Are we liberals catching up to the right!


Paul Krugman discusses who’s clueless: We agree with the general thrust of this morning’s column by Paul Krugman.

Krugman discusses several ways the modern GOP has stood in opposition to research, facts, science and evidence. Our impression?

He may have wandered onto foreign soil in his second paragraph, where he mocks a position taken by the Texas GOP regarding “Higher Order Thinking Skills (HOTS),” which was said to be “simply a relabeling of Outcome-Based Education (OBE).”

On that matter, we’ll guess that Krugman may have knee-jerked a bit—and we wish he wouldn't do that! But as a general matter, we agree—in the past few decades, the GOP has been considerably less fact-based than the Democratic Party.

That said, warning bells sounded for us at this part of Krugman’s column:
KRUGMAN (2/11/13): O.K., at this point the conventions of punditry call for saying something to demonstrate my evenhandedness, something along the lines of “Democrats do it too.” But while Democrats, being human, often read evidence selectively and choose to believe things that make them comfortable, there really isn’t anything equivalent to Republicans’ active hostility to collecting evidence in the first place.

The truth is that America’s partisan divide runs much deeper than even pessimists are usually willing to admit; the parties aren’t just divided on values and policy views, they’re divided over epistemology. One side believes, at least in principle, in letting its policy views be shaped by facts; the other believes in suppressing the facts if they contradict its fixed beliefs.
Careful, Kruggers! the analysts cried. We can recall when a great deal of irrationality routinely came from us on the left. (Professor Theoharis is bringing back memories in her doctrinaire, slippery new book.) And we think we may see some areas where we liberals are catching up fast.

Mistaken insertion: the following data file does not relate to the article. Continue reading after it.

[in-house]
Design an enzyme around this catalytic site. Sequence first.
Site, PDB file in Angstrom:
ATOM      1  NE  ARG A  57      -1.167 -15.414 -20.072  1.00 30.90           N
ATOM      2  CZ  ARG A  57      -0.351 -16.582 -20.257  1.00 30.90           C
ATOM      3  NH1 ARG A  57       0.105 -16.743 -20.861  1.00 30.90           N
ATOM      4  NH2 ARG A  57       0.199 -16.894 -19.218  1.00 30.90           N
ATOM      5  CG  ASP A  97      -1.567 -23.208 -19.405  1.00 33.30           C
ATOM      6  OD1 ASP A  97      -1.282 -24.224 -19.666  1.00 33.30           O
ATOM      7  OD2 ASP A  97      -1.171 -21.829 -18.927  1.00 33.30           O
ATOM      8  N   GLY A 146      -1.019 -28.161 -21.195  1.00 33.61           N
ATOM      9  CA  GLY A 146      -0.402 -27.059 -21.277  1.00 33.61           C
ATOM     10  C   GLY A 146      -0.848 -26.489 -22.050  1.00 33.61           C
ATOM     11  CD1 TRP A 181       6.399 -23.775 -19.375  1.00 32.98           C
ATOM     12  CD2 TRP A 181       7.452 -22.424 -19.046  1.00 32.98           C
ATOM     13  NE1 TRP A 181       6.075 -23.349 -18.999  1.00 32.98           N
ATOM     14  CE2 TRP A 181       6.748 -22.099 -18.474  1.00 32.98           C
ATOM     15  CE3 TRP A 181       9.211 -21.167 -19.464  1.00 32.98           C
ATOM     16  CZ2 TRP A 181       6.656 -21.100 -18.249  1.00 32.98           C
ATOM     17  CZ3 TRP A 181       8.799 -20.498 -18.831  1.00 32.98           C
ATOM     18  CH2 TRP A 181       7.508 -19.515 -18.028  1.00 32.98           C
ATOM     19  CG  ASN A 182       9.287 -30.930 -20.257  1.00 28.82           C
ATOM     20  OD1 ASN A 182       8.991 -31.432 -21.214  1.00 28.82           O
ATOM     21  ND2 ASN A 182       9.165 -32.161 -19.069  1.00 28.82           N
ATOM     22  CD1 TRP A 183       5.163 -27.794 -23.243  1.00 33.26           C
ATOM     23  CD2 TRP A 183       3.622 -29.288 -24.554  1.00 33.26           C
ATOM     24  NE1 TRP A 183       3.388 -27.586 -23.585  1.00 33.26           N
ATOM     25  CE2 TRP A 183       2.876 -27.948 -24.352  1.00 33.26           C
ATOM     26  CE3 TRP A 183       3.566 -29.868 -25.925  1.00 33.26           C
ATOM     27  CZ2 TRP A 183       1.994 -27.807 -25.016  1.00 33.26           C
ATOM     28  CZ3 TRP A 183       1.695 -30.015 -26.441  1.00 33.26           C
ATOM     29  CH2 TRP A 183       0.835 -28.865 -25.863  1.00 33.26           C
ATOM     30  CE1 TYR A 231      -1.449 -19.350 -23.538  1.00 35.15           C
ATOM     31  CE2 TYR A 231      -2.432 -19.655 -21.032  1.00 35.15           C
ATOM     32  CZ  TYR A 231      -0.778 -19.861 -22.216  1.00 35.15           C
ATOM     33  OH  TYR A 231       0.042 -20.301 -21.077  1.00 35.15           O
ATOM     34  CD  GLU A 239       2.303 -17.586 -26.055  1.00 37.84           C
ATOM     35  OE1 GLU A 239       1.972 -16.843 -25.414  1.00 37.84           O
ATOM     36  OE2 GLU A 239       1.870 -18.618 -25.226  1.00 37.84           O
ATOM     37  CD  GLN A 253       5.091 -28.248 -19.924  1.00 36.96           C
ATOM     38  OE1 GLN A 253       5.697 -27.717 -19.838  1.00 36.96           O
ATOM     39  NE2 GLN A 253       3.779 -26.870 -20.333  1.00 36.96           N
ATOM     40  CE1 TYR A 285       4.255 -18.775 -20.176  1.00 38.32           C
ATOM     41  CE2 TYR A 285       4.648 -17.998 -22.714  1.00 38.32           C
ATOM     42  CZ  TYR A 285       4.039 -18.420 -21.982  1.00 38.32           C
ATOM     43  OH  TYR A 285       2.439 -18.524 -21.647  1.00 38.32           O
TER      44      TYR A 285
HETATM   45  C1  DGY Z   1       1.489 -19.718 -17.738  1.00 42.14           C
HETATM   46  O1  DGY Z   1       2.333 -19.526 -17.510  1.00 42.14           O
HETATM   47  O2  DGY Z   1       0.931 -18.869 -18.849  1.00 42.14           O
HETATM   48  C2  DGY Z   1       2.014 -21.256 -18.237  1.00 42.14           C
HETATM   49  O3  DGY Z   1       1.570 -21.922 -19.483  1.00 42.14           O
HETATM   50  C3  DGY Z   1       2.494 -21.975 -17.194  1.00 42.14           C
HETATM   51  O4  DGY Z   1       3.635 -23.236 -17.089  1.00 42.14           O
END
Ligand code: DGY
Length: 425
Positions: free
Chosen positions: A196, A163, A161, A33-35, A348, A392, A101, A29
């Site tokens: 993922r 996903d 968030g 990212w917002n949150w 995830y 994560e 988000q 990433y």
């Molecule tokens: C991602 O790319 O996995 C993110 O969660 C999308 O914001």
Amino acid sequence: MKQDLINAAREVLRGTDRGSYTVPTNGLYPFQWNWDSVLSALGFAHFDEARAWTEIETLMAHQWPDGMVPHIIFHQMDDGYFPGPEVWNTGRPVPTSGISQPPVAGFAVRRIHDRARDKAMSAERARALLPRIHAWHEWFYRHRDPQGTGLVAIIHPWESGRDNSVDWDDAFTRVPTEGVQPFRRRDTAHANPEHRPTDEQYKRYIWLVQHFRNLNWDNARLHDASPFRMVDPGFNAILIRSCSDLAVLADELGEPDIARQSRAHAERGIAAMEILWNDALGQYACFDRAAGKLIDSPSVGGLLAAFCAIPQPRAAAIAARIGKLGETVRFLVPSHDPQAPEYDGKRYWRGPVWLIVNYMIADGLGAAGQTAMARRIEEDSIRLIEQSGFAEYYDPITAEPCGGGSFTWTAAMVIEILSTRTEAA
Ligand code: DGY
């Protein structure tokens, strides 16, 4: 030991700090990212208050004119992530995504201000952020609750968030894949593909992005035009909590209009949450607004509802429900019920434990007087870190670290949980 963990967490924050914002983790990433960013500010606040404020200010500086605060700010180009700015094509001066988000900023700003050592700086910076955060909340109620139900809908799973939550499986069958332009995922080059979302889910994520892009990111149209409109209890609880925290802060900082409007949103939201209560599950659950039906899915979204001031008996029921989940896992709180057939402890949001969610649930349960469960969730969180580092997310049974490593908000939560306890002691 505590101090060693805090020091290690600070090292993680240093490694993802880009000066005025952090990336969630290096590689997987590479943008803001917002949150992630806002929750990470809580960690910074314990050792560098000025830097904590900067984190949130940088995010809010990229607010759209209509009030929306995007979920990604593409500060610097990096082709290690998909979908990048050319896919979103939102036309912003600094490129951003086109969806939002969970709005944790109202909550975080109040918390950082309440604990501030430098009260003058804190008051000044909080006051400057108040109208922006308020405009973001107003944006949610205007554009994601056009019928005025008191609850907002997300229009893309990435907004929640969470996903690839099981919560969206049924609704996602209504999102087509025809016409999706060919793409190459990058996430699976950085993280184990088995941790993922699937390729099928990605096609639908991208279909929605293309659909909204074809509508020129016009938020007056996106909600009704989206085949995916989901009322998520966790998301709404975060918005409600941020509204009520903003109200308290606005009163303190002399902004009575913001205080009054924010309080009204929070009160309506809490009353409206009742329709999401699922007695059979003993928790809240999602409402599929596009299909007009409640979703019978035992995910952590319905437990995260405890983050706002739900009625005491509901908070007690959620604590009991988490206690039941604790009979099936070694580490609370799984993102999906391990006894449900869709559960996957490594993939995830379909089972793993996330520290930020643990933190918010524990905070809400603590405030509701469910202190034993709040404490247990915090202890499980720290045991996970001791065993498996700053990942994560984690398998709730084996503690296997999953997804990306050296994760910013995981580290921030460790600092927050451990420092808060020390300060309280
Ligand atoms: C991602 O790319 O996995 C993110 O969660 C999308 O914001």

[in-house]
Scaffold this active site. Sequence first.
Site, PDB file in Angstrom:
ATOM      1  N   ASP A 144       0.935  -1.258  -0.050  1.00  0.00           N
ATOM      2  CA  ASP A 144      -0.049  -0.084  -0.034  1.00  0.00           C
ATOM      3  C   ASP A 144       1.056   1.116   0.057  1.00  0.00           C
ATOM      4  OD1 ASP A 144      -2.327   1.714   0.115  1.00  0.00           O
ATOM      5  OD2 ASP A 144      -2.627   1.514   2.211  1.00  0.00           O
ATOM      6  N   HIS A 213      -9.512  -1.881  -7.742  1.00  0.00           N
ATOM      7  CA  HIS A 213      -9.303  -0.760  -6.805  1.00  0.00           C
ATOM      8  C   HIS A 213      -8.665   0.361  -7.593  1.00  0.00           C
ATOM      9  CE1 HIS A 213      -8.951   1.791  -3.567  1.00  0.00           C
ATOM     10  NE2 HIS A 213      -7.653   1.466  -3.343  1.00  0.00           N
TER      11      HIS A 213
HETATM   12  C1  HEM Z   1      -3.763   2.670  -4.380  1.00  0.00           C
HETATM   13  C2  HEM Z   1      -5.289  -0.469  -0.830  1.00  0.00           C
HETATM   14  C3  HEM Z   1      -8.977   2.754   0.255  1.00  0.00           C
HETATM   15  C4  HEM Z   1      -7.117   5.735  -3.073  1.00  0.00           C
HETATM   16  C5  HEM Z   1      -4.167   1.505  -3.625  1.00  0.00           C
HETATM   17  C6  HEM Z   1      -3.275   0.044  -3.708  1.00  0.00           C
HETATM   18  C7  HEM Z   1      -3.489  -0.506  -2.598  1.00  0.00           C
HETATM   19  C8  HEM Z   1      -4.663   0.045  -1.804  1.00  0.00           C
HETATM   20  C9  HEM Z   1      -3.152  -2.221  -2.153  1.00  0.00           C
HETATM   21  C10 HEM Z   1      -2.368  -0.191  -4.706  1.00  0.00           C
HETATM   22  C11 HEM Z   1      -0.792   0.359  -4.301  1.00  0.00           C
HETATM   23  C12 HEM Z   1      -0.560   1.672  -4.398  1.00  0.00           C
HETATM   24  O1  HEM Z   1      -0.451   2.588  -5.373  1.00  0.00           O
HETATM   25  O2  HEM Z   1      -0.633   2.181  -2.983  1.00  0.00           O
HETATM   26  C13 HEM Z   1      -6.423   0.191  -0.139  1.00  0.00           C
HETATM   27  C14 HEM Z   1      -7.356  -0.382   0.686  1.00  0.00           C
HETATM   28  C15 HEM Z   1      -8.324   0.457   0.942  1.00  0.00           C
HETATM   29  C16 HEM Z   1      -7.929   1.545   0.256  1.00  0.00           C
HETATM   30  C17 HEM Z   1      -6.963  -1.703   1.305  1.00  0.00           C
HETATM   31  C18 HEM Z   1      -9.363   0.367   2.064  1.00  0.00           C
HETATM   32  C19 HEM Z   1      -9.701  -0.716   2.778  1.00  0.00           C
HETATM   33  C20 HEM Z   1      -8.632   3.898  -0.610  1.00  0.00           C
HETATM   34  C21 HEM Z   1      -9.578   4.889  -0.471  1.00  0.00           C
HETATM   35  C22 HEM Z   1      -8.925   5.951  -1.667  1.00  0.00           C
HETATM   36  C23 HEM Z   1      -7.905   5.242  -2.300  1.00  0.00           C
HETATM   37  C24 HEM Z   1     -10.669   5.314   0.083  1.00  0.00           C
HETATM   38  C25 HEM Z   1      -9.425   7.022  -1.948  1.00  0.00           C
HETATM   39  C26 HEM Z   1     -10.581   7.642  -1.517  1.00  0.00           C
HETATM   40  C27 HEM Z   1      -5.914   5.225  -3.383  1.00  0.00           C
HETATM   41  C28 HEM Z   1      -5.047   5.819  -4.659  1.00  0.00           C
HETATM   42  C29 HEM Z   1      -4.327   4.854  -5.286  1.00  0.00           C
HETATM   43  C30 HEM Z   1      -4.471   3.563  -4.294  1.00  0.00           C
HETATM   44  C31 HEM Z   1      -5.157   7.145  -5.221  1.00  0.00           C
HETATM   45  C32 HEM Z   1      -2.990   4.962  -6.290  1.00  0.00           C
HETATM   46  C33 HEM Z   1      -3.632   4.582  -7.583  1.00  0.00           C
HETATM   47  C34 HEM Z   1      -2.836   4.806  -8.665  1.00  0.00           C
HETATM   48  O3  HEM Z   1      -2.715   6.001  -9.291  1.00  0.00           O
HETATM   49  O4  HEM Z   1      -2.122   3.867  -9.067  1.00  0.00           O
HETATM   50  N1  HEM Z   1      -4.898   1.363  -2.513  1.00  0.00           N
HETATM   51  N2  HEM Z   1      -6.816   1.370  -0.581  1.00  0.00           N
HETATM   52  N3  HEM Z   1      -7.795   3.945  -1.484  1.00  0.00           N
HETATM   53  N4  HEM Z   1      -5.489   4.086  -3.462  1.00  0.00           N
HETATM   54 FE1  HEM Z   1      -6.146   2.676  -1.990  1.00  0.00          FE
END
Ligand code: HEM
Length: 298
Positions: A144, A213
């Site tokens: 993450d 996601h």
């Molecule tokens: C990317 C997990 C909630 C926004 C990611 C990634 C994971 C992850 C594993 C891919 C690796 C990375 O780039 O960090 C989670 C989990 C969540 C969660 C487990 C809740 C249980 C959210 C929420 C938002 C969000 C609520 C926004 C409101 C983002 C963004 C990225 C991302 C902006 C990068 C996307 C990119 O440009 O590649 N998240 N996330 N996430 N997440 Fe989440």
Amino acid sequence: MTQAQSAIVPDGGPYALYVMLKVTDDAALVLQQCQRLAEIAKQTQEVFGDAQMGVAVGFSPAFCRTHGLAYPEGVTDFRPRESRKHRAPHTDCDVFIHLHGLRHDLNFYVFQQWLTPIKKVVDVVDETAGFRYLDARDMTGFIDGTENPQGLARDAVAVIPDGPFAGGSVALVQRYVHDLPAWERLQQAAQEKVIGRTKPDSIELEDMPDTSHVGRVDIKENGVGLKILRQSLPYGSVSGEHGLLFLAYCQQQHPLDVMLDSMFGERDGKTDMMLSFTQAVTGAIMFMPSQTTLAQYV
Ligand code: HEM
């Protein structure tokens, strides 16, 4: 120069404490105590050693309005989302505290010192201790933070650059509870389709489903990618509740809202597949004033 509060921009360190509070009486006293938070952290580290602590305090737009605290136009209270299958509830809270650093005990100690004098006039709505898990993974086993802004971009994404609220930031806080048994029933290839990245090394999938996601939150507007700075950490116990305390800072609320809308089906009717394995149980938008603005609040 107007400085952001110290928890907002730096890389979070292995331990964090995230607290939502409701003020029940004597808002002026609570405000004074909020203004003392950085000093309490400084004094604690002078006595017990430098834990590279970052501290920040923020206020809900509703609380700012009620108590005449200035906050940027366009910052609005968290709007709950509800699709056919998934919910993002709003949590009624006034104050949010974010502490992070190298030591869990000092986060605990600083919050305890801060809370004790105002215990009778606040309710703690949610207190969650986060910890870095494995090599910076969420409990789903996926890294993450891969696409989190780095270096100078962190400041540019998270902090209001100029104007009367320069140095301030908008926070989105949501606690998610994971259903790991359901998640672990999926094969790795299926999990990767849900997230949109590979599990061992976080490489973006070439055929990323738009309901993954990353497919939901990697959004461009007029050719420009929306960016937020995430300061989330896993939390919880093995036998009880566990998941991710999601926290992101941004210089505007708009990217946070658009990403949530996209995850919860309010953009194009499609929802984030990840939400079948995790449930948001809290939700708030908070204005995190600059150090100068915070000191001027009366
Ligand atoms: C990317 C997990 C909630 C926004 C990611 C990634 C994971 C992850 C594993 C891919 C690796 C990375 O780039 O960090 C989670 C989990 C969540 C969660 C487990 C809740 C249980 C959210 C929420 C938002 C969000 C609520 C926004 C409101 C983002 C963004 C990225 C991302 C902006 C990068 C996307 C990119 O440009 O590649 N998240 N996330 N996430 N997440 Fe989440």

In our view, the liberal world seems increasingly irrational—and fact-averse—in the general area of race. First, consider a piece in yesterday’s Washington Post. Then, consider a recent post in which Kevin Drum linked to several other liberal pundits.

In yesterday’s Outlook section, Matthew Hutson reviewed a new book about various types of unconscious bias, including unconscious racial bias.

This is the way the review began. Can you spot a missing fact in the passage we have highlighted?
HUTSON (2/10/13): What if we’re not the magnanimous people we think we are? That seems to be the conclusion of the past few decades of social psychology research. Freud stuck a dagger in the comforting idea of complete, conscious self-awareness, but experimental findings suggest that not only do we not know ourselves, if we did, we might not invite ourselves over for dinner.

This research takes Freud’s dagger into our vanity and twists it. One of the greatest sources of torque is what’s called the Implicit Association Test, a computer-based assessment that susses out unconscious biases. One version, the Race IAT, reveals that 75 percent of its takers, including some African Americans, have an implicit preference for white people over black people. The story of the IAT, and of prejudice in general, is told in the accessible and authoritative “Blind Spot” by Mahzarin R. Banaji, one of the test’s chief developers, and Anthony G. Greenwald, the researcher who created it in 1994.
Hmmm. Somehow, Hutson knew that 75 percent of all people who take the Race IAT display “an implicit preference for white people over black people.” But he didn’t know the corresponding percentage for black people who take the test!

“Some” African Americans have that same preference! That was all he said!

Frankly, we were suspicious. We clicked from the book review to the IAT web site and found the apparent percentage in its FAQ feature. The percentage was rather high: